4) Everything works out for a reason, including with Polish currency.
When Poland originally petitioned to adopt the Euro, it did not meet the requirements of the Eurozone to adopt the currency change. As it turns out, this worked in Poland’s favor, especially in terms of the recession which started in 2008 and hit the EU full force in 2009. Today, you will find numerous news articles which now state the opposite of this initial petition: Poland has no intention of adopting the Euro in the foreseeable future. Remaining on the Zloty has allowed Poland to depreciate the currency they have independent of the rest of the Eurozone and, therefore, adjust to allow for economic adjustment and growth, an option Greece did not have as a result of being part of the Eurozone and the Euro. This flexibility is absolutely another strength which will allow any business owner the opportunity to jump in and be a part of the growing Polish economy.
5) Although we may forget its importance at times, culture will always be critical for business and economic growth.
One area where the Polish and the Americans are similar is their sense of national pride. However, I tend to give the Poles the edge when it comes to their culture. Being an American represents so many different things, so much so that especially with a country our size, it is common for people to have, dare I say, extreme variance in culture based on where they grew up. The values of these sub-cultures may vary, and the perspectives and perceptions of the state of the States also varies depending on the roots of a group's experience.
While this may also be true of Poland, the smaller size and especially the history of the country, including in recent years, makes the culture more homogeneous, in my opinion. To an extent, though, this was also homogenized as a result of the “cultural cleansing” during World War II. This makes sense to me, though: whereas in the States, only part of the nation has been oppressed at any given time, the entire nation of Poland has seen invasions of regimes, and it was up to them as a collective group to come together and work through those times. There is no conflict or variance of perspective here in terms of what happened and trying to understand -- the Polish people all went through the same experiences, so where you will find the variance in perceptions will be in the interpretation and reflection of that experience, not in trying to understand the other side.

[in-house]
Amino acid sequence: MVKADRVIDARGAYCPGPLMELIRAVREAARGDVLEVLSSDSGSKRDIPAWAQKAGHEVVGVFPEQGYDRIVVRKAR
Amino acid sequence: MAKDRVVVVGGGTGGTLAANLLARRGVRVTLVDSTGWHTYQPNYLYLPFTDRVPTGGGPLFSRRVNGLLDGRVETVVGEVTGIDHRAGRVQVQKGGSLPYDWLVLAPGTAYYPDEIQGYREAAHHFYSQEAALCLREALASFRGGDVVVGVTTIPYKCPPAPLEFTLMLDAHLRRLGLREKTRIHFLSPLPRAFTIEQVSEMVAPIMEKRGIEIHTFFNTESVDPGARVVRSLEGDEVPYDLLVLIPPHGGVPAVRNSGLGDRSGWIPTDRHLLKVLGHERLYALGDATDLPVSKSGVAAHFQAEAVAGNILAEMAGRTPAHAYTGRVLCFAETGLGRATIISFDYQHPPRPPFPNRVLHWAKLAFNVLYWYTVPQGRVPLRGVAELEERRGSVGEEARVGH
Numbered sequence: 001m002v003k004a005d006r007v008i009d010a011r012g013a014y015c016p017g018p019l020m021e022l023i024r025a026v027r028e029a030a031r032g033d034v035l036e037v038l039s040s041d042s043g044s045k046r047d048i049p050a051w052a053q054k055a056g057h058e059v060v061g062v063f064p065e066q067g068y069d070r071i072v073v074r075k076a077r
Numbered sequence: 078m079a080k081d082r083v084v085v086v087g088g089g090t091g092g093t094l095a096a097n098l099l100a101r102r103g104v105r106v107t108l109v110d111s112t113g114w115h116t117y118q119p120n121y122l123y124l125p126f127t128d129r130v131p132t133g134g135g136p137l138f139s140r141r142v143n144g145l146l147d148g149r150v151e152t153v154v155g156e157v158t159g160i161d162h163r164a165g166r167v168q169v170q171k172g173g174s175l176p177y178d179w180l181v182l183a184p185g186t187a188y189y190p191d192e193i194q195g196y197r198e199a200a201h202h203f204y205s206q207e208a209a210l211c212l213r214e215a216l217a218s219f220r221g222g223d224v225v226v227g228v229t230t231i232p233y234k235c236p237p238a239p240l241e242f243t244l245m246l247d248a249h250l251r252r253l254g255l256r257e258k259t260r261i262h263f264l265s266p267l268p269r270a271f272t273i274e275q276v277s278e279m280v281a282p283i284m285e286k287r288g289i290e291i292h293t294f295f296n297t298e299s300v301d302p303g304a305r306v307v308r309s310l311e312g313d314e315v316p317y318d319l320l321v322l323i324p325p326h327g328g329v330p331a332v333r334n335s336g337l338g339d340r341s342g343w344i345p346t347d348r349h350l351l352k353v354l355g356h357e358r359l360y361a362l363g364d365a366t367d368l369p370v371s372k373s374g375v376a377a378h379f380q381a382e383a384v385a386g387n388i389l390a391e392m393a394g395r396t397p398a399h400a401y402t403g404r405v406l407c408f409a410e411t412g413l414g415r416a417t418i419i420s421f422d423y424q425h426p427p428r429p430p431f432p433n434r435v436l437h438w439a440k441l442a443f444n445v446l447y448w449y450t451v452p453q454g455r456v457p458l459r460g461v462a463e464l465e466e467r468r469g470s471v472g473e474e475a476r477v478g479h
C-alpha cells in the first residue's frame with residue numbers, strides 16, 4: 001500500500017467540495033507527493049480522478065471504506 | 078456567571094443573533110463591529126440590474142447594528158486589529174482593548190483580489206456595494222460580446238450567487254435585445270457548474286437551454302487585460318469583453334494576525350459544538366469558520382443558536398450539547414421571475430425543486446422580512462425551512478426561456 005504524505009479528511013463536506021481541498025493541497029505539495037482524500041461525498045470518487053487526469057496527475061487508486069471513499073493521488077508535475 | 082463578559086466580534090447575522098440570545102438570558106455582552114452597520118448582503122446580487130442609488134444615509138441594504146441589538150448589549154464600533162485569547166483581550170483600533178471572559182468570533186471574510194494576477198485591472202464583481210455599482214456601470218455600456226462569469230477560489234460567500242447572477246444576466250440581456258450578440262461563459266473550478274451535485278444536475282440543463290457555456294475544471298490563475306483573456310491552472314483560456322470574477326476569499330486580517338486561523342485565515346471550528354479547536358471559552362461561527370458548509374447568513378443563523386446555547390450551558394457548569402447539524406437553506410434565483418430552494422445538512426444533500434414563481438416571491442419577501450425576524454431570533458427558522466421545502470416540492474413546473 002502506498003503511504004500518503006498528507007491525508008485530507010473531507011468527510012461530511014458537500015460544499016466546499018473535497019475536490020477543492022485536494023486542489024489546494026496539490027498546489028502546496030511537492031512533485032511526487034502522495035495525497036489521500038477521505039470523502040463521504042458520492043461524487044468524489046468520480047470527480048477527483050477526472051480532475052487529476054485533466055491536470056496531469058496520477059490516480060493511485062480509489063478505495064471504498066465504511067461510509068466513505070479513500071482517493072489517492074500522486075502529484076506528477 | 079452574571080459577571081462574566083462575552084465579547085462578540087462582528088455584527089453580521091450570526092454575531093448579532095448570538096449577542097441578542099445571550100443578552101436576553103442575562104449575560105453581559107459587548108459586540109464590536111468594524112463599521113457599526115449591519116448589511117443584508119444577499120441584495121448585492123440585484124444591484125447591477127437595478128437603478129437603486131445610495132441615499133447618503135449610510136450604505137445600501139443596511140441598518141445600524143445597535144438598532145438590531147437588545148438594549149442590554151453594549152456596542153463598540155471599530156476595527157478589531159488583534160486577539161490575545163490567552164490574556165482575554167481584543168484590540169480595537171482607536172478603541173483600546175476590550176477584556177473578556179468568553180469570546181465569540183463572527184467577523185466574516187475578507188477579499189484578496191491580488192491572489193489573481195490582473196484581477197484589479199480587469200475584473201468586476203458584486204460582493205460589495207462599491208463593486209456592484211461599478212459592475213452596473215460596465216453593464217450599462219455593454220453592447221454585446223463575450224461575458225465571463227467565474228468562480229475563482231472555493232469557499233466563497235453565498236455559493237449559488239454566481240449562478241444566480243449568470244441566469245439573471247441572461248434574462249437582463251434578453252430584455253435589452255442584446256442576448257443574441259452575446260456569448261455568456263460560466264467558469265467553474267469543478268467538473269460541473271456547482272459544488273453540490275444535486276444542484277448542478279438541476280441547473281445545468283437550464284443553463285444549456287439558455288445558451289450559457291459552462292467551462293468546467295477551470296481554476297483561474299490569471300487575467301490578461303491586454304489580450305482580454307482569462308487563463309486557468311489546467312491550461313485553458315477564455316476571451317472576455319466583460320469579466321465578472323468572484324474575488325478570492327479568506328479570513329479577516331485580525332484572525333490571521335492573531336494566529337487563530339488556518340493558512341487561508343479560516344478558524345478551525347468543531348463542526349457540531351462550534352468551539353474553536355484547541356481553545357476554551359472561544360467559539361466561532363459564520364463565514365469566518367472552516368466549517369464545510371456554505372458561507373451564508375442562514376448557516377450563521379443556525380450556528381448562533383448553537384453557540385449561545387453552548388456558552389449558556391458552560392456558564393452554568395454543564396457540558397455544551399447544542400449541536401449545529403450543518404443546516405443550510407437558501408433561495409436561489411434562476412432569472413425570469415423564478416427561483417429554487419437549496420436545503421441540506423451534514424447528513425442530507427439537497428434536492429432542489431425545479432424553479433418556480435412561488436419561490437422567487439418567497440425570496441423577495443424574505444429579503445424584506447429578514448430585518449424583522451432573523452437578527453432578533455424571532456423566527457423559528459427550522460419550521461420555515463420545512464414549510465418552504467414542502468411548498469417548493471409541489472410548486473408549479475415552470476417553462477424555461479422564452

What was even more clear across the board – site visits, guide briefs, and museums alike – is that because the Poles truly banded together to fight those times, this makes it easier for them to work collectively in a social sense, rather than political, to make their lives better for Poland. This is incredibly important to their business life today. Doing well in business, supporting and being a part of a developing the economy, pushing the limits of business, and helping to further anchor Poland’s position as a key EU if not global player in the world market…for these reasons and more, the Poles remember who they are and where they came from, and for that, they continue to fight in a different battle, a healthy battle, of promoting their livelihood through business.